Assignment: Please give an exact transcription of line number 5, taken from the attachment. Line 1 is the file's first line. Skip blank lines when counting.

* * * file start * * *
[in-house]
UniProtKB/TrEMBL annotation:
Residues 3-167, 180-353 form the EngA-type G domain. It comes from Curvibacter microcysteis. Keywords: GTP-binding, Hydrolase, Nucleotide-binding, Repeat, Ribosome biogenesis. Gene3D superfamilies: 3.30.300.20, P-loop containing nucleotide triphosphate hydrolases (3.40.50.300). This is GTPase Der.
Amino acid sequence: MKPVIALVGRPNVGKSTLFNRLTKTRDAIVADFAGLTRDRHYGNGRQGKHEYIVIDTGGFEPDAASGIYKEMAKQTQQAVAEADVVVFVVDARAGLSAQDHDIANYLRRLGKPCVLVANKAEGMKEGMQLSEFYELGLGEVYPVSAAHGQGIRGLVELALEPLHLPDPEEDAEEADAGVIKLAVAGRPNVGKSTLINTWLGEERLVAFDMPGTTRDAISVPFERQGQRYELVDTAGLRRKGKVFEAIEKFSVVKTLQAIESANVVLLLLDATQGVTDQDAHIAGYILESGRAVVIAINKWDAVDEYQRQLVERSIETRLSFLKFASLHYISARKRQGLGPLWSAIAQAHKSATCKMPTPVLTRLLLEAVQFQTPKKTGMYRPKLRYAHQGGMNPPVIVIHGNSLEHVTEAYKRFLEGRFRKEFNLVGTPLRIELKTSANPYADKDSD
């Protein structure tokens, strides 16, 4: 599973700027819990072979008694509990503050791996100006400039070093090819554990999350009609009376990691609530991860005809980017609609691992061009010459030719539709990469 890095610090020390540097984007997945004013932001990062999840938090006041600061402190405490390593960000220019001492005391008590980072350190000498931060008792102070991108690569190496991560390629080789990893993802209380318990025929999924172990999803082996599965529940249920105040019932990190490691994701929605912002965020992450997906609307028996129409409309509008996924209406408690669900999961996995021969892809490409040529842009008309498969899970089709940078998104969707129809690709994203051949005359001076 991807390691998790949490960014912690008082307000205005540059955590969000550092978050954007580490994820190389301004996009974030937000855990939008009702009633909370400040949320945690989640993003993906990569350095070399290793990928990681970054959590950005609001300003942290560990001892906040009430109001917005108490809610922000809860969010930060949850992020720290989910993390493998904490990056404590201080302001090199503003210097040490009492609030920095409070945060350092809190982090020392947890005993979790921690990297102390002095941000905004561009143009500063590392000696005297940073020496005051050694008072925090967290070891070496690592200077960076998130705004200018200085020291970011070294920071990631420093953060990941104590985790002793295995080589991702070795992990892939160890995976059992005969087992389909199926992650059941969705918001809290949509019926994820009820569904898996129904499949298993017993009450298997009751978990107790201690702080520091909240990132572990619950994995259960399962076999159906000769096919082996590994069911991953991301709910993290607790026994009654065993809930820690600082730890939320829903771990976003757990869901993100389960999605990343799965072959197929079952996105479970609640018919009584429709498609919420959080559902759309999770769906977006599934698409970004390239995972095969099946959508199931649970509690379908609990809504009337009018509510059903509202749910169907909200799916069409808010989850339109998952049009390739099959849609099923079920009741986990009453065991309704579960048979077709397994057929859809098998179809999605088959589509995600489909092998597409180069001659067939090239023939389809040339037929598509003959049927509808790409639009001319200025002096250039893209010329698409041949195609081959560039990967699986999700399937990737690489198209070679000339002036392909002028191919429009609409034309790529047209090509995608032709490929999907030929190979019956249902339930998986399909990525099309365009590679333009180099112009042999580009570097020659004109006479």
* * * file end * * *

């Protein structure tokens, strides 16, 4: 599973700027819990072979008694509990503050791996100006400039070093090819554990999350009609009376990691609530991860005809980017609609691992061009010459030719539709990469 890095610090020390540097984007997945004013932001990062999840938090006041600061402190405490390593960000220019001492005391008590980072350190000498931060008792102070991108690569190496991560390629080789990893993802209380318990025929999924172990999803082996599965529940249920105040019932990190490691994701929605912002965020992450997906609307028996129409409309509008996924209406408690669900999961996995021969892809490409040529842009008309498969899970089709940078998104969707129809690709994203051949005359001076 991807390691998790949490960014912690008082307000205005540059955590969000550092978050954007580490994820190389301004996009974030937000855990939008009702009633909370400040949320945690989640993003993906990569350095070399290793990928990681970054959590950005609001300003942290560990001892906040009430109001917005108490809610922000809860969010930060949850992020720290989910993390493998904490990056404590201080302001090199503003210097040490009492609030920095409070945060350092809190982090020392947890005993979790921690990297102390002095941000905004561009143009500063590392000696005297940073020496005051050694008072925090967290070891070496690592200077960076998130705004200018200085020291970011070294920071990631420093953060990941104590985790002793295995080589991702070795992990892939160890995976059992005969087992389909199926992650059941969705918001809290949509019926994820009820569904898996129904499949298993017993009450298997009751978990107790201690702080520091909240990132572990619950994995259960399962076999159906000769096919082996590994069911991953991301709910993290607790026994009654065993809930820690600082730890939320829903771990976003757990869901993100389960999605990343799965072959197929079952996105479970609640018919009584429709498609919420959080559902759309999770769906977006599934698409970004390239995972095969099946959508199931649970509690379908609990809504009337009018509510059903509202749910169907909200799916069409808010989850339109998952049009390739099959849609099923079920009741986990009453065991309704579960048979077709397994057929859809098998179809999605088959589509995600489909092998597409180069001659067939090239023939389809040339037929598509003959049927509808790409639009001319200025002096250039893209010329698409041949195609081959560039990967699986999700399937990737690489198209070679000339002036392909002028191919429009609409034309790529047209090509995608032709490929999907030929190979019956249902339930998986399909990525099309365009590679333009180099112009042999580009570097020659004109006479």